Thousands more people were being evacuated as some of the worst wildfires in California’s history swept through wine country, leaving a trail of smoldering destruction and a death toll of at least 23.
Firefighters were locked in a fight with the wind-whipped blazes, but heading into a fourth day of the struggle they appeared no closer to containing them. In fact, the fires that have burned since Sunday in Napa, Sonoma, Solano, Mendocino and Yuba counties are now threatening the towns of Sonoma, Napa, Calistoga and Fairfield.
Speaking late Wednesday, Ken Pimlott, the chief of the California Department of Forestry and Fire Protection, also known as Cal Fire, called the series of fires “a serious, critical, catastrophic event.”
Pimlott gave a county-by-county breakdown of the grim toll: 13 dead in Sonoma, six in Mendocino, and two each in Napa and Yuba. Many people had to flee their homes on a moment’s notice as the 30 mph winds and critically dry brush made for fast-spreading and unpredictable fires.
“We are literally looking at explosive vegetation,” Pimlott said. “It is very dynamic. These fires are changing by the minute in many areas.”
He said that autumn — when summer heat has dried out brush — is the most dangerous time of the year for wildfires in the state, adding that California was still feeling the effects of five years of drought.
Helicopters and air tankers were being used to hold back the shifting fire line that threatened to move on communities without warning.
Officials said 8,000 firefighters are battling 22 fires — five more than on Tuesday. Some 170,000 acres were burning. Oregon, Nevada, Arizona and Washington along with the U.S. Forest Service were sending reinforcements — crews, bulldozers and fire engines, Pimlott said. Sonoma County was getting 350 members of the National Guard to help, Sheriff Robert Giordano said.
The sheriff said he expected the death toll to go up. “The devastation is enormous,” he said. “We can’t even get into most areas.”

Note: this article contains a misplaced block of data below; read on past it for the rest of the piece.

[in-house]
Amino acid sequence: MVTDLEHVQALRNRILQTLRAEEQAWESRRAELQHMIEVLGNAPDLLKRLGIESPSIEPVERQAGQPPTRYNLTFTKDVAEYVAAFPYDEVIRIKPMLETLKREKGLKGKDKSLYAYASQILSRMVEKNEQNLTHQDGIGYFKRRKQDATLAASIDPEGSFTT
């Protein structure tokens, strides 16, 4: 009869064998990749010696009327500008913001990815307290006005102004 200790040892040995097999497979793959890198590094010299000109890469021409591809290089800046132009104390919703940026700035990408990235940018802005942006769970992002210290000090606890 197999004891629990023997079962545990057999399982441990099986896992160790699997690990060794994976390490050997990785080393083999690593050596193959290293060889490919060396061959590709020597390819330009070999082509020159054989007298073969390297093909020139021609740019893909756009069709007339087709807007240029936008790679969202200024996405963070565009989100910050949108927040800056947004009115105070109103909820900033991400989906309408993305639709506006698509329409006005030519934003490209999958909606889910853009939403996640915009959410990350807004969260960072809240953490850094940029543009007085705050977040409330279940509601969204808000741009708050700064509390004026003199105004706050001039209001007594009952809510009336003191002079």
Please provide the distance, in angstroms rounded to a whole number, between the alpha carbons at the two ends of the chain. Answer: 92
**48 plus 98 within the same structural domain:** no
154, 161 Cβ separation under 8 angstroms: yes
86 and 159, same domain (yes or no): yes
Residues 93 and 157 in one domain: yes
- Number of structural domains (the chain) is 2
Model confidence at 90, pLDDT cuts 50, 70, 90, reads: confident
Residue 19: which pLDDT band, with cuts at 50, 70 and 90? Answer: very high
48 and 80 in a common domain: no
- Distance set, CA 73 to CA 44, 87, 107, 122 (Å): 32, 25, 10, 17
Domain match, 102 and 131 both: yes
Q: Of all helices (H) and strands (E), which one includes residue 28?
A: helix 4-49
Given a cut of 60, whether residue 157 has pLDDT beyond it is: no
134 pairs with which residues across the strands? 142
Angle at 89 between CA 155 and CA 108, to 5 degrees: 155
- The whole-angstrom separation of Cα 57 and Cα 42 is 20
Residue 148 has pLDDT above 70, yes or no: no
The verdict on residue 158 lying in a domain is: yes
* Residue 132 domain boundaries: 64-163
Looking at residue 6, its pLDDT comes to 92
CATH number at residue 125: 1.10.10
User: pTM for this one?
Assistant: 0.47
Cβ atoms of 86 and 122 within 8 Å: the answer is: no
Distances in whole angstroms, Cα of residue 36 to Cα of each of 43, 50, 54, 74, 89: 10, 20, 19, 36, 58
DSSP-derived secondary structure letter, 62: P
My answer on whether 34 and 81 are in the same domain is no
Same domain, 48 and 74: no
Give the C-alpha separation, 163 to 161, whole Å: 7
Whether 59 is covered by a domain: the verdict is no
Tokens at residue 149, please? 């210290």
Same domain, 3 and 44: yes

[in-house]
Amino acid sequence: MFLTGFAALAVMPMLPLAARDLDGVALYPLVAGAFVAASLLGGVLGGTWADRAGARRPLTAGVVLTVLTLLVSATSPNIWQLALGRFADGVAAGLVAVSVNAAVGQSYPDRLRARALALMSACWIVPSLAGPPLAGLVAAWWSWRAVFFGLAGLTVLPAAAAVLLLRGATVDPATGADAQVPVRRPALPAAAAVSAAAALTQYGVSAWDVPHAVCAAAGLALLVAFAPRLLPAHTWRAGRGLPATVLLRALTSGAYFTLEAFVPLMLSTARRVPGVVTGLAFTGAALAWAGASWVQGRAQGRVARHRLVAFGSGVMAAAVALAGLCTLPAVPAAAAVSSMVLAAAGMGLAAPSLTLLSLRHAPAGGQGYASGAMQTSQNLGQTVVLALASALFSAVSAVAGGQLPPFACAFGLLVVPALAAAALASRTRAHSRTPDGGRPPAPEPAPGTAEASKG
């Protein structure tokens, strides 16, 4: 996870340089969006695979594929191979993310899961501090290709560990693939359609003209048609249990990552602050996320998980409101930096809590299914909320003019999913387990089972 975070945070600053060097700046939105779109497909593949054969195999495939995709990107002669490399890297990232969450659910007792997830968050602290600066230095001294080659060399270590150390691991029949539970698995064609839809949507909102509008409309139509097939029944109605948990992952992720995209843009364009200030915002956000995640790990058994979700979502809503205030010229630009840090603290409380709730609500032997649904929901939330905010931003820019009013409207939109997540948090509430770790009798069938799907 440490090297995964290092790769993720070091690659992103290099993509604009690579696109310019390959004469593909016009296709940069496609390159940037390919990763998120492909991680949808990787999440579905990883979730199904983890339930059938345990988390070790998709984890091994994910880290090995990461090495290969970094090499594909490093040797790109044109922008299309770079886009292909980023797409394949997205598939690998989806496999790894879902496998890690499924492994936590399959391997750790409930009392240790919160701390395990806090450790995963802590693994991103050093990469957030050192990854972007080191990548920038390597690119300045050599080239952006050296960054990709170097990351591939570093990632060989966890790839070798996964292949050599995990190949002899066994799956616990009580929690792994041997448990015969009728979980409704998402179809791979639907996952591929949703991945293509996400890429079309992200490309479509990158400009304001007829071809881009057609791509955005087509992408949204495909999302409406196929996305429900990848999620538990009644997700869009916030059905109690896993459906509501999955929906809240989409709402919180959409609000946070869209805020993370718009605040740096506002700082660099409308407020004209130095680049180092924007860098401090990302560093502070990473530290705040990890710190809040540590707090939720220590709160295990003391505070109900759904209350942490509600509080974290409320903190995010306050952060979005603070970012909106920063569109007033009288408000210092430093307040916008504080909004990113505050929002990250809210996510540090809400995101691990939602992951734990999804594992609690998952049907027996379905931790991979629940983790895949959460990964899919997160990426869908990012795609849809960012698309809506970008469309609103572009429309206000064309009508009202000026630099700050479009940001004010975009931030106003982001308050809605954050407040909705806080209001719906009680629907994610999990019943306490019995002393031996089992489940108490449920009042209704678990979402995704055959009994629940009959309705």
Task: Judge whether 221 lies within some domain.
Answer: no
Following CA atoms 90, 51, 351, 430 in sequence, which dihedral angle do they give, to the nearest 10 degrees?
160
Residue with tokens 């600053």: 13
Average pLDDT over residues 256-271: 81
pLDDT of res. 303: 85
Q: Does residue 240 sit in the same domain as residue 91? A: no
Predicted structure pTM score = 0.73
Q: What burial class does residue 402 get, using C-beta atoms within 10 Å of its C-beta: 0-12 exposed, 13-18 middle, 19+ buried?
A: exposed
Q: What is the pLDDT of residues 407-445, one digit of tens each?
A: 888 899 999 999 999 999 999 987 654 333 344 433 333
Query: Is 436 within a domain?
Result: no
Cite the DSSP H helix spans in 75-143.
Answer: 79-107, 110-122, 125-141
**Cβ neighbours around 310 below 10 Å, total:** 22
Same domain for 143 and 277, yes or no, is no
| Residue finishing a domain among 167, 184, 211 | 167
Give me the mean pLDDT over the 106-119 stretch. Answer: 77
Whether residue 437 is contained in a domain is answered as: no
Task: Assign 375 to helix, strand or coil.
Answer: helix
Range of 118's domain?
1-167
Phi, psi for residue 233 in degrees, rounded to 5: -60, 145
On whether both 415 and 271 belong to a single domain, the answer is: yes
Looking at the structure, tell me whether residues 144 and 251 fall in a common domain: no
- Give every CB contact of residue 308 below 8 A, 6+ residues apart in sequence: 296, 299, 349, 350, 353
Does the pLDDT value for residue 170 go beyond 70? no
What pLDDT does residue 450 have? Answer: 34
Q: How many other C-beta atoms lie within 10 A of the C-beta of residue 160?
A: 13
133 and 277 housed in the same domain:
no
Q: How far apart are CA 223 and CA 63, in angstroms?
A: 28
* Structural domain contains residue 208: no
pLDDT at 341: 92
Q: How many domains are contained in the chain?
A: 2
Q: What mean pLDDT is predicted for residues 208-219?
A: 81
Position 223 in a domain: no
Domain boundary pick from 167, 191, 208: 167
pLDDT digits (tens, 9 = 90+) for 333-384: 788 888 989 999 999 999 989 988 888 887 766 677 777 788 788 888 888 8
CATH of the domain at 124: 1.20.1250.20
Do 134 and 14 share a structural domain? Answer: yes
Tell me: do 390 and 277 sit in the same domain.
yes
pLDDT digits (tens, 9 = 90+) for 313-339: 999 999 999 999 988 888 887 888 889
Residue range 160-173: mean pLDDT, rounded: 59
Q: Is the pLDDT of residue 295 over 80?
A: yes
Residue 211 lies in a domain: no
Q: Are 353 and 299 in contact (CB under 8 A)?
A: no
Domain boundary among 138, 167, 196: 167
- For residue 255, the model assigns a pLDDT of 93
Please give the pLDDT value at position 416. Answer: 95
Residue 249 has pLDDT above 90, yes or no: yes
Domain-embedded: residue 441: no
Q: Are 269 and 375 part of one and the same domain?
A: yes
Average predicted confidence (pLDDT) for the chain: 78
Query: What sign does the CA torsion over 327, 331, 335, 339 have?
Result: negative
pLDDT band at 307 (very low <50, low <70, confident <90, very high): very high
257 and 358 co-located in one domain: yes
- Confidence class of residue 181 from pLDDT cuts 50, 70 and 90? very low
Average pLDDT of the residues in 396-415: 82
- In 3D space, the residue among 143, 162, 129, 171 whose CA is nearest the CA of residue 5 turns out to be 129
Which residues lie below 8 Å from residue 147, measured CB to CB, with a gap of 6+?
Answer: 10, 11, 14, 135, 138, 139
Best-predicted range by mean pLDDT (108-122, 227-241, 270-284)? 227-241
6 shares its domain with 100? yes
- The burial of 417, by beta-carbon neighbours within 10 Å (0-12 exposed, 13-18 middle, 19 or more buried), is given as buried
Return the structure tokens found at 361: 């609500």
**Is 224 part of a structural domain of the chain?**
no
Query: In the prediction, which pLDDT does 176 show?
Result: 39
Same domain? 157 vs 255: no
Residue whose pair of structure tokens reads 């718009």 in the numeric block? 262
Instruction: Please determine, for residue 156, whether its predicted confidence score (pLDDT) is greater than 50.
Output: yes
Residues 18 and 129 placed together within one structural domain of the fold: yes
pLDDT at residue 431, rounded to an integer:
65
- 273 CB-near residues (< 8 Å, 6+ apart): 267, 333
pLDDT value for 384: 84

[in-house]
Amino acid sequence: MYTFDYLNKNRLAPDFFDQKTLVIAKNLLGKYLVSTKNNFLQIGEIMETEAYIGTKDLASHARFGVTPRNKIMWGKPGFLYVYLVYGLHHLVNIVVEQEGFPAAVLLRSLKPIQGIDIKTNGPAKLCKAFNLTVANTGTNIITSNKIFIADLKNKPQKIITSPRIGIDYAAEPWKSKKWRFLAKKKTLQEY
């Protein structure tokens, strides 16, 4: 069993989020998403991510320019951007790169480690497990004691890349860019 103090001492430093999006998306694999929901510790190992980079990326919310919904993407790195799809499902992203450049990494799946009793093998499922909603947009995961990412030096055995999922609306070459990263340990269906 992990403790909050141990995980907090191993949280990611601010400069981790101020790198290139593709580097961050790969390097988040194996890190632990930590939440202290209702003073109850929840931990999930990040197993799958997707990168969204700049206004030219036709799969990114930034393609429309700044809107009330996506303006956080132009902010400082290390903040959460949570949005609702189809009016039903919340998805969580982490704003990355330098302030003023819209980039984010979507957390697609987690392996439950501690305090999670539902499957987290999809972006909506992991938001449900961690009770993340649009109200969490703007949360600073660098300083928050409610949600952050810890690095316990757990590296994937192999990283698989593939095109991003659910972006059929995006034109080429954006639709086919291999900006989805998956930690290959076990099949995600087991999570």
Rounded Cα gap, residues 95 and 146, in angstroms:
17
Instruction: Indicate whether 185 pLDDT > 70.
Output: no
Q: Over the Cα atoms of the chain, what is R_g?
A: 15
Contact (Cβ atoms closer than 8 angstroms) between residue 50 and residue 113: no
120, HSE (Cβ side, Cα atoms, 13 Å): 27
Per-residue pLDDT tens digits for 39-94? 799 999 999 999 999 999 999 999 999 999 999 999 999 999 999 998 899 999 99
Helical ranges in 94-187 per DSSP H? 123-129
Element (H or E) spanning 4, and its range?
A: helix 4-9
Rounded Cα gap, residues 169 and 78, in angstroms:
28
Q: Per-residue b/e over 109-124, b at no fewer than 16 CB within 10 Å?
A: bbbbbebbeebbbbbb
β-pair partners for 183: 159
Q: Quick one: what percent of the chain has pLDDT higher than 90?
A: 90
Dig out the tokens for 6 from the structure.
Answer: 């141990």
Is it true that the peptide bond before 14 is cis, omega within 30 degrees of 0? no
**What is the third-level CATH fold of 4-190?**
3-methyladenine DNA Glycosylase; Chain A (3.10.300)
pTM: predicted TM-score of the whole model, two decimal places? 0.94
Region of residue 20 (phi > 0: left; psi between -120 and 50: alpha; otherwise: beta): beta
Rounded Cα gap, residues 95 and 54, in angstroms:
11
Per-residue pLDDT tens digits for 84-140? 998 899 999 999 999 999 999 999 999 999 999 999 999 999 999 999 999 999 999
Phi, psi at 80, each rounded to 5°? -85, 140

Member station KQED in San Francisco reports that Cal Fire is investigating whether fallen power lines and exploding electrical transformers from an extreme wind event Sunday that saw gusts of 75 mph in Sonoma might have touched off some of the fires. Gusty winds and low humidity were possible again on Thursday.
Some 5,000 people from the historic town of Calistoga, situated in northern Napa county, were being evacuated. And in the town of Sonoma and the community of Boyes Hot Springs, officials issued an evacuation advisory.
NPR’s Eric Westervelt, reporting from Calistoga, spoke with Colin Curtis, who has been eyeing with concern the rapidly moving fires.
“That fire spread so dang quick,” he said. “That just shows that no one is safe anywhere around here.”
The town’s mayor, Chris Canning, said that given the unpredictable nature of the fires, the evacuation order for Calistoga is sensible.
“The spread of the fire and predictions on the wind and seeing what we’ve seen had happen throughout our neighboring communities, obviously want to absolutely air on the side of caution here,” he said.
Jessica Tunis has been calling hospitals and posting on social media in a frantic effort to find her mother, Linda Tunis, who she last spoke to on Monday, according to The Associated Press.
All that is left of her mother’s mobile home in Santa Rosa is charred ruins, the AP says.
The last thing Jessica heard her mother say was “I’m going to die” before the phone went dead.
“She’s spunky, she’s sweet, she loves bingo and she loves the beach, she loves her family,” Jessica Tunis, crying, told the AP. “Please help me find her. I need her back. I don’t want to lose my mom.”
Gov. Jerry Brown has declared a state of emergency for Napa, Sonoma and Yuba counties.
“We have had big fires in the past. This is one of the biggest, most serious, and it’s not over,” Brown said at a news conference Wednesday, alongside the state’s top emergency officials.
If the winds shifted suddenly, the fires could quickly turn, putting them on a collision course with the town of Sonoma, population 11,000.
Officials say they have yet to contain a single major fire.